MichaelF's user avatar
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11 votes
3 answers
1k views

How did they measure speed in the 19th century so they could issue the first speeding ticket?

The first speeding ticket was issued in UK. In 1896 a person was caught driving 13 kilometers per hour in a zone where the maximum limit was 3km/h. Without a portable radar speed gun (also radar gun ...
Jimmy1996's user avatar
  • 113
11 votes
1 answer
441 views

Was red associated with "stop" or "danger" before railroads?

The automobile street signal colors of red and green were adopted because those colors were already in use by the railroads. Was the color red associated with "stop" before railroads? Was it ever ...
Amorphous Blob's user avatar
11 votes
1 answer
579 views

Is there evidence that working for the Pony Express was dangerous, or not dangerous?

So I was thinking about what it was like working for the Pony Express and I am wondering was it an extremely dangerous job? I'm thinking that given the success of the Pony Express it must not have ...
ihtkwot's user avatar
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11 votes
1 answer
416 views

Where does the concept of traffic keeping to the "right" side of the street originate?

In any nation that has cars, there are well-understood rules about how to operate them. If a road is shared by traffic going both ways, everyone will, by law and convention, stick to either the right ...
Mason Wheeler's user avatar
11 votes
1 answer
306 views

When were public roads cleaned electromagnetically?

In the first half of the 20th century, tires were more often punctured, so metal waste on the roadway was a bigger problem. The book "Lorries, Trucks and Vans 1897-1927" features an electromagnetic ...
Aaron Brick's user avatar
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11 votes
2 answers
4k views

How did the Romans build straight roads that stretched very long distances?

I once read that the Romans were masters of building roads that stretched long distances in a straight line like the Fosse Way road in Britain. I never thought much of it until I watched Canada & ...
Caesar's user avatar
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10 votes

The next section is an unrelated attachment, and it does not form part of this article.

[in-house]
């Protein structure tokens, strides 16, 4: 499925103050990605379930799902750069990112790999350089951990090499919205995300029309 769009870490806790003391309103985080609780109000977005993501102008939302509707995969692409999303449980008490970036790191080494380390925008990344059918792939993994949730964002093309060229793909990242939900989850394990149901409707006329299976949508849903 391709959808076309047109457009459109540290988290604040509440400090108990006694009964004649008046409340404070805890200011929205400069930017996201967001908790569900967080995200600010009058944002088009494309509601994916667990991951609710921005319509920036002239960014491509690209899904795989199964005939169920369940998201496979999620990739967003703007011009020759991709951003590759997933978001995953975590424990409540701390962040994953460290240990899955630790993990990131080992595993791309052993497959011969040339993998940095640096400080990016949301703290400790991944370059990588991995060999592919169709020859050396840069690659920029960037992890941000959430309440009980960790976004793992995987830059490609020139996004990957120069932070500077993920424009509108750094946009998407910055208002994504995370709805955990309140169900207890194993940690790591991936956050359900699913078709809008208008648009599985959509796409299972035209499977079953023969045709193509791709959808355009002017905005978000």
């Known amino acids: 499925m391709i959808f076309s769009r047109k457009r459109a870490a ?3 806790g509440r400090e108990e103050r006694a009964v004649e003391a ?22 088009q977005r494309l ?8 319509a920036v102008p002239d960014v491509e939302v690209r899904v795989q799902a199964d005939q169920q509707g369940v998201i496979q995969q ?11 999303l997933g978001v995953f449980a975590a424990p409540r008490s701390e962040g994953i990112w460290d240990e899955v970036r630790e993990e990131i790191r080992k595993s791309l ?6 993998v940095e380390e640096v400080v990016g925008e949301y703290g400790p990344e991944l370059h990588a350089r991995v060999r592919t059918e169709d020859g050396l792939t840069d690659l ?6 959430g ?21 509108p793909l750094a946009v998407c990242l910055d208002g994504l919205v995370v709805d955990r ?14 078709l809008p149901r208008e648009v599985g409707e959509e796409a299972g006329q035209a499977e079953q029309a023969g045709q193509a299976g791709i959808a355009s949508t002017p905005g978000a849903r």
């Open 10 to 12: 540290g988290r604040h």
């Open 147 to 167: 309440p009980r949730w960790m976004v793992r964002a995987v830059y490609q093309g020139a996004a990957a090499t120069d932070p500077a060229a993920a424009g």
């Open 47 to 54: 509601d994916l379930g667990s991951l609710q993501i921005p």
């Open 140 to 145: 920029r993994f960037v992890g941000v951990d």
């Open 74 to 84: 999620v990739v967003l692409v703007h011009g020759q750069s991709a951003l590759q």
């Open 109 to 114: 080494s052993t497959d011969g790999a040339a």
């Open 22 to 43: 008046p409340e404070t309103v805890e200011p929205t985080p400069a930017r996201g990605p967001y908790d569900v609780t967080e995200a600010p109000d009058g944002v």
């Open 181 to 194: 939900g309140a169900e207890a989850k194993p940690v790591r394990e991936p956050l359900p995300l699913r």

1 answer
2k views

Which company offered this aircraft interior in the 60s?

I found this image on LinkedIn post. This was economy class back in the 1960s. [...] I'm not sure whether it's fake or not. Was there a company that offered this aircraft interior in the 60s? If ...
J. Doe's user avatar
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10 votes
1 answer
725 views

Couldn't Japan have solved the problem of drifting at sea?

The Edo period shogunate received annual tributes from local clans, on the order of the rice to feed a thousand people. The sengokubune ships used on this route were suited for calm inland waters, ...
Aaron Brick's user avatar
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10 votes
3 answers
1k views

Is there any overland route to Kamchatka?

The port of Petropavlovsk-Kamchatsky was founded and visited by sailing ships. Even today no road connects it to the network of the rest of Russia -- it is reputed to be the second largest ...
Aaron Brick's user avatar
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10 votes
1 answer
3k views

What's the origin of valet parking?

Seems that every single place I go nowadays, they have valet parking: restaurants, bars, airports, etc. The other day I got to think about this dreadful service (I have enough skills to park my own ...
Osvaldo Mercado's user avatar
9 votes
3 answers
2k views

Were bicycles widespread in the Soviet Union?

In the Soviet Union, did most people own a bicycle? Were streets crowded with bikes? Or was there a shortage of bikes? What was the price of bikes and were they affordable? The time period I'm most ...
DrZ214's user avatar
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9 votes
4 answers
3k views

When did leaf springs appear in vehicles?

Passenger vehicles require suspensions for ride comfort. Most today use helical springs, but leaf springs were at one time a major advance over chain or leather strap suspensions, and are still used ...
Aaron Brick's user avatar
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8 votes
2 answers
396 views

Has any place exhumed more dead bodies than San Francisco?